Traditional Marriage Supporter Dismisses 'Bundling' Accusation

A member of a Washington state organization seeking to overturn a recently passed law legalizing same-sex marriage has dismissed claims that his organization has violated state laws on campaign finance.

Christopher Plante, deputy campaign director for Preserve Marriage Washington, told The Christian Post that recent allegations about his organization involved in "bundling" are unfounded.

"To our knowledge and as of today, we have received no communication from the Public Disclosure Commission as to any proposed violation," said Plante. "There has been no action taken by the PDC nor have we engaged in any sort of bundling and we haven't even done any in pew collections at any church."

Plante attributed the allegations to being "a rampant rumor on the Internet run by The Associated Press. That is our take on it."

Last week, the Public Disclosure Commission, Washington State's campaign finance watchdog organization, announced that Preserve Marriage Washington could not take special collections from churches for its campaign to overturn Washington's recently passed law legalizing same-sex marriage.

Lori Anderson, spokeswoman for the PDC, told The Christian Post that according to a state law passed by referendum in 1992, only individuals can collect contributions and send them to political campaigns.

"Preserve Marriage Washington has instructions for churches on its website that tell them to pass out the campaign's contribution envelopes, collect the sealed envelopes that contain contributions, and then to send them en masse to Preserve Marriage Washington," said Anderson.

"We are telling Preserve Marriage Washington that their instructions are wrong. Churches can encourage the congregants to contribute and distribute the contribution envelopes. Contributors, however, must send their contributions directly to the campaign."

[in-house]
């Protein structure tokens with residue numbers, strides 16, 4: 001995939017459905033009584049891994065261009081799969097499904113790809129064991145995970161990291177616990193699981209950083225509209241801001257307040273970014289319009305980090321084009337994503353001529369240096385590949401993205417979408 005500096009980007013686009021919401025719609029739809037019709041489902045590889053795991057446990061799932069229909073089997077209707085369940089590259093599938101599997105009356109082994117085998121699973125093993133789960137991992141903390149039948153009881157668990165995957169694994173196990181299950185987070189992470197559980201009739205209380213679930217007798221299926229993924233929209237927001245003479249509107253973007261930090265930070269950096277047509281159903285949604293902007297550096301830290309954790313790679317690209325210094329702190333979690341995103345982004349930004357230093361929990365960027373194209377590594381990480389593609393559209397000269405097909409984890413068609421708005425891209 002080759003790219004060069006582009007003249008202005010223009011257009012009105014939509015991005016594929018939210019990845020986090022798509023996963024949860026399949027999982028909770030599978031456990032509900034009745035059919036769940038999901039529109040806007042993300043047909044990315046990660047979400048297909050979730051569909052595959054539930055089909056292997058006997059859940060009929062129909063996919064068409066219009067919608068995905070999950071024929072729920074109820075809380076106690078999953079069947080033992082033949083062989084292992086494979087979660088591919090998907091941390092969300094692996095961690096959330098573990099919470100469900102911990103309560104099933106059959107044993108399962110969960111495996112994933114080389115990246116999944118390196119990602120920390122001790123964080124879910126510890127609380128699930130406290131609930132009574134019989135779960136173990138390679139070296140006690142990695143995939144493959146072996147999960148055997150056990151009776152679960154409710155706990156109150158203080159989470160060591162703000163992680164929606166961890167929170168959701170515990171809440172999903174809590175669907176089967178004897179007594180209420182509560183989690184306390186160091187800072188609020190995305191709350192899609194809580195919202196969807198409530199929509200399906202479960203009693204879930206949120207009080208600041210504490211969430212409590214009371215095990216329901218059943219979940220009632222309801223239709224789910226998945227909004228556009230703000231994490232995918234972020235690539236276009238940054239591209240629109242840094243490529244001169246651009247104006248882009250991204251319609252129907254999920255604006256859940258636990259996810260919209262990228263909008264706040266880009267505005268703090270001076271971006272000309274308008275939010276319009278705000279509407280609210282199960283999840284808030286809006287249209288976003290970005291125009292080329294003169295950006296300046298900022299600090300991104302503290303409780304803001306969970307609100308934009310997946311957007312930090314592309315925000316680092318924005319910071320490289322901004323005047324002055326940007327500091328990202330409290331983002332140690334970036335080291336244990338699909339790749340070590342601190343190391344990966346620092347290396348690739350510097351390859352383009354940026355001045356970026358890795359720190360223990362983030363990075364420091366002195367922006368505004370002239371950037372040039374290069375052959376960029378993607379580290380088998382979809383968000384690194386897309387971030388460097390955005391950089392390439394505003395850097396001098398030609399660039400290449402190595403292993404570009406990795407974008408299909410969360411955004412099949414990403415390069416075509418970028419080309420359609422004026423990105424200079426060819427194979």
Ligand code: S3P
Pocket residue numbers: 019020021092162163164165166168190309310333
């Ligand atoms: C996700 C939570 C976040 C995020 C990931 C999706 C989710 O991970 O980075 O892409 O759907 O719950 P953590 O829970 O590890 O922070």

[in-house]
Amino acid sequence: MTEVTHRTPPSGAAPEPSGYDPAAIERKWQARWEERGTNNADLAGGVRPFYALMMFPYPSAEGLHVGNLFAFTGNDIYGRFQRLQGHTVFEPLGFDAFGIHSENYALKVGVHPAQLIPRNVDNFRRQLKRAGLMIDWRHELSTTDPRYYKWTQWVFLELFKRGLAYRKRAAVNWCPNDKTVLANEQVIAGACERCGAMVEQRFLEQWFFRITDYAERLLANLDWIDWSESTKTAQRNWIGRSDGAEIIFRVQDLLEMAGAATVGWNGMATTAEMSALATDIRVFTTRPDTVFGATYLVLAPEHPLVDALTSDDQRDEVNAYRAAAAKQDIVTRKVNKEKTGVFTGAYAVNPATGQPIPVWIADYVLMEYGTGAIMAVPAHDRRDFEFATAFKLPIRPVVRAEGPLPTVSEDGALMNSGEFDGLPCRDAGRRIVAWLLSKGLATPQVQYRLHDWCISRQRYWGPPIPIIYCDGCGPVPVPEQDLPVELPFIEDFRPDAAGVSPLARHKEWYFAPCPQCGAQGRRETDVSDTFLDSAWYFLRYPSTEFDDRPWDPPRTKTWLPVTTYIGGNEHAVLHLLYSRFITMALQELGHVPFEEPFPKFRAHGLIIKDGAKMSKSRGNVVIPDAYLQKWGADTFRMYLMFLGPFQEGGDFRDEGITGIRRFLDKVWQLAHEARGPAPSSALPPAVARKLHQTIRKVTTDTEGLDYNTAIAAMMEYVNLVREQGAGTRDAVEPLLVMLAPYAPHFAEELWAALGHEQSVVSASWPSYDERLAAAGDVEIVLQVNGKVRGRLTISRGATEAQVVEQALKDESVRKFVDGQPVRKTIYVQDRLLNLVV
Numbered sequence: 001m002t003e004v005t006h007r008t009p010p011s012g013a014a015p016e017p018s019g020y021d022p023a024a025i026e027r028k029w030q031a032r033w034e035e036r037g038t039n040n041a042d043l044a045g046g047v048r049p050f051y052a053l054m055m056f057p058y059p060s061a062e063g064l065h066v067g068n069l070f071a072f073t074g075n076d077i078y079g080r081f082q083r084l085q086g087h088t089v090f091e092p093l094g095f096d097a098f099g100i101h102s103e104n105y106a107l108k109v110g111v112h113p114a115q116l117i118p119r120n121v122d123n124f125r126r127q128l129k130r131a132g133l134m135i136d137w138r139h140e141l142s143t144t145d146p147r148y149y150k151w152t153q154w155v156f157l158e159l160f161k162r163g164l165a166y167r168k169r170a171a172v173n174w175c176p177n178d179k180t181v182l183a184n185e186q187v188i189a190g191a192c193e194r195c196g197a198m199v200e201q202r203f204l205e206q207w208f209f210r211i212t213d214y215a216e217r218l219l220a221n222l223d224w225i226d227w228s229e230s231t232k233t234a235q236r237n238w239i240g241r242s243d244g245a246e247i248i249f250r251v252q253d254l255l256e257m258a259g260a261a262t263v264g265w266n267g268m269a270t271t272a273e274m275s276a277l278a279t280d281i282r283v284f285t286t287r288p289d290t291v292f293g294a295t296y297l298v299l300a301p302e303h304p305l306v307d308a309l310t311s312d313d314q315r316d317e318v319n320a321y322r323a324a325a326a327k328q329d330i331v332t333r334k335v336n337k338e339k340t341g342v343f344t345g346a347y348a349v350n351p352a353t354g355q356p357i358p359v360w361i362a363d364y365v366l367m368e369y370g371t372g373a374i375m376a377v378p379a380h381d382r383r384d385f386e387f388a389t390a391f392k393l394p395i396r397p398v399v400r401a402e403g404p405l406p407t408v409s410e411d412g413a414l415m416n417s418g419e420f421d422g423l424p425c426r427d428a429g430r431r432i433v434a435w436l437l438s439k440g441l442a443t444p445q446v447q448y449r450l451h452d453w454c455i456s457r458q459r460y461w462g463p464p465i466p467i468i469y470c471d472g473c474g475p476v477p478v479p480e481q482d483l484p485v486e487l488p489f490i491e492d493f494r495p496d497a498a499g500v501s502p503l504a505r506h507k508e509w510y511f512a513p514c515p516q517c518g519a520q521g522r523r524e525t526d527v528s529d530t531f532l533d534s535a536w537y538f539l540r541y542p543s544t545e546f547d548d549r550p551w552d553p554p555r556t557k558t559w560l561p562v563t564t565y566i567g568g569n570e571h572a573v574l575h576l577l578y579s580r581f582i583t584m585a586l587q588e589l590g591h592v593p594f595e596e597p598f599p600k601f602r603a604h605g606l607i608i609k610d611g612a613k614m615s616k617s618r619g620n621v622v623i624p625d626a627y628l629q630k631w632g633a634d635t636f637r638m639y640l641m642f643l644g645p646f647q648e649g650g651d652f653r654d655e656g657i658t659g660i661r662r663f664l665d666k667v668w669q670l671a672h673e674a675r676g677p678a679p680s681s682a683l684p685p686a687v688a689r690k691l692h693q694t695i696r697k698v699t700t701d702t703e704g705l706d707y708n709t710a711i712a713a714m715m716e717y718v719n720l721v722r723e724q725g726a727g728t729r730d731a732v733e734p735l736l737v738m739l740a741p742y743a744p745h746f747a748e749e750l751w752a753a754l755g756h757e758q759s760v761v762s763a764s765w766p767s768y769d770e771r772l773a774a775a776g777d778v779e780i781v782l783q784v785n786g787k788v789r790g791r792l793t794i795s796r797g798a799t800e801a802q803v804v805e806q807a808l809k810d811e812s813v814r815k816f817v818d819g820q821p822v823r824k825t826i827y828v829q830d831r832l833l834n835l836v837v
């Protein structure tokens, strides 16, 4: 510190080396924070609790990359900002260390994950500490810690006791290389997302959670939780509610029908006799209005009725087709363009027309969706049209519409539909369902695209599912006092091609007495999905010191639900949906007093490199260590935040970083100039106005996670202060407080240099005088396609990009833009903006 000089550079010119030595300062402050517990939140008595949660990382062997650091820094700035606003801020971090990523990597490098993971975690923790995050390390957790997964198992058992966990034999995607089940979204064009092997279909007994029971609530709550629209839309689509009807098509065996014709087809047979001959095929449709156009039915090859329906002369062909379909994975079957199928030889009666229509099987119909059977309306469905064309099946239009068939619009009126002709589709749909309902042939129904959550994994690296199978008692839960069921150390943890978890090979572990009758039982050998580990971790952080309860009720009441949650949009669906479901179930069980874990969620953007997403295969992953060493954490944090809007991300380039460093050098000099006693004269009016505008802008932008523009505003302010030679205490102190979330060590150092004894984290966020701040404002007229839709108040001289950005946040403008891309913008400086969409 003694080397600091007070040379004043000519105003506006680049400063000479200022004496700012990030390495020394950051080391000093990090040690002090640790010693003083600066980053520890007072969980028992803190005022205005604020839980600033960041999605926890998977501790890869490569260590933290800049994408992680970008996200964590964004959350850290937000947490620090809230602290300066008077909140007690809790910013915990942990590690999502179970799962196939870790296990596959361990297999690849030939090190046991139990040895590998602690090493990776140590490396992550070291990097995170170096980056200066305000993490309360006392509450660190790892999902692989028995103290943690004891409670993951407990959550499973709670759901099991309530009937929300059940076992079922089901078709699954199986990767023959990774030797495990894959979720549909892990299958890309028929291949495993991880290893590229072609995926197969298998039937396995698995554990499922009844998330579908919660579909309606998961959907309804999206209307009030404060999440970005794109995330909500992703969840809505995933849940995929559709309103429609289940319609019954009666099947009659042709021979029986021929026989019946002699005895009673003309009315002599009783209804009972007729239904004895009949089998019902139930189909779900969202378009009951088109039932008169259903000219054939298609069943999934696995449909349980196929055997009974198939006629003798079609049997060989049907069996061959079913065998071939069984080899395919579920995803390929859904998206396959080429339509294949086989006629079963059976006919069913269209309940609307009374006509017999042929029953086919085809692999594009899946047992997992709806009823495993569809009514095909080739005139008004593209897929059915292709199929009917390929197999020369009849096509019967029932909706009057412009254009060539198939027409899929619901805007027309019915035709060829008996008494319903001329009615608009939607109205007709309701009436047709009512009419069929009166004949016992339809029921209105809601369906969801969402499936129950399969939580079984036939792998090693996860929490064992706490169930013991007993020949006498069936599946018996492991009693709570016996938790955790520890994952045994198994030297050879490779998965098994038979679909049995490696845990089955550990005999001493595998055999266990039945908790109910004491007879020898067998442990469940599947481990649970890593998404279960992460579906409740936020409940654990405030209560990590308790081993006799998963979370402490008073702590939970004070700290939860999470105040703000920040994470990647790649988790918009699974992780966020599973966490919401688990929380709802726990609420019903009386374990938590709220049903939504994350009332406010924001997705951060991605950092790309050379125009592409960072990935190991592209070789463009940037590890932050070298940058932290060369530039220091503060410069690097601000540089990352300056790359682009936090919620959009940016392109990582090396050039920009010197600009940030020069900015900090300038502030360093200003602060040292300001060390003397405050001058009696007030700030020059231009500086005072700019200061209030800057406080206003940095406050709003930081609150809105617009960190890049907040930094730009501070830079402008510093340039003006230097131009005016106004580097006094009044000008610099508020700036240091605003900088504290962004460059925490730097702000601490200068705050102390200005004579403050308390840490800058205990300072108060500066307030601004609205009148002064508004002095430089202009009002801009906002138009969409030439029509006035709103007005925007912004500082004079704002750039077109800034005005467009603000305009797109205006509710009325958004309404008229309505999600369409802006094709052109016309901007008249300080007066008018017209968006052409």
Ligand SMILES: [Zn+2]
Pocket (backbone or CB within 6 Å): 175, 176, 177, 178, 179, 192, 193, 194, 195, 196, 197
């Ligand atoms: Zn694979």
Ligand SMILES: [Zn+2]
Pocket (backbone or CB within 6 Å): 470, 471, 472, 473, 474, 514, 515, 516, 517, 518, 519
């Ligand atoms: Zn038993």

Anderson also told CP that while the PDC explained to Preserve Marriage Washington that the instructions are wrong, they were unaware of any violations.

"As of today, the Public Disclosure Commission staff is not aware of any churches that have acted as an intermediary. There is no investigation," said Anderson.

"An entity who is not an individual and who wants to collect money for a particular campaign must form a political committee. Washington State campaign finance law would allow a church to do that, but there may be other barriers to a church forming a political committee."

Andy Grow, press secretary of Washington United for Marriage, an organization that supports the new same-sex marriage law, contrasted to The Christian Post how his organization was doing things.

"While people of faith are on both sides of this issue, clearly collecting money during church services and bringing those envelopes to our opponents campaign doorstep is bundling and not allowed under our finance laws," said Grow.

"Our faith supporters are making their voices heard in traditional ways, whether that's preaching about love and commitment, joining a phone bank or talking to their family and friends."

Plante told CP that PMW's "procedures have been vetted by Washington State lawyers ... also national lawyers against the PDC rules and to our knowledge, our procedures are fully compliant."

In February, Governor Christine Gregoire signed a bill legalizing same-sex marriage in Washington. Originally, the legislation was going to take effect on June 7 provided that opponents could not put the newly passed legislation to referendum. Before June 7 came, same-sex marriage opponents were able to get approximately 242,000 signatures for a referendum on the new law. This was twice the necessary 120,000 signatures needed to have a referendum.

According to the Seattle Times, the pro-same sex marriage group Washington United for Marriage has raised $6.1 million, far more than Preserve Marriage Washington's $471,000. Regarding the strong disparity in fundraising, Plante told CP that this was not an indicator of how the referendum will turn out; rather, said Plante, "that's normal."

"If you look back at marriage initiatives or referenda across the country over the last several years those who would redefine marriage have always outspent and out-fundraised those trying to preserve traditional marriage," said Plante.

"We are not surprised. And we do not have to match them dollar for dollar; we simply have to raise enough money to get our message out. And we are confident we will do that."

In addition to Washington, voters in Maryland, Maine, and Minnesota will consider referenda on the issue of same-sex marriage this year.

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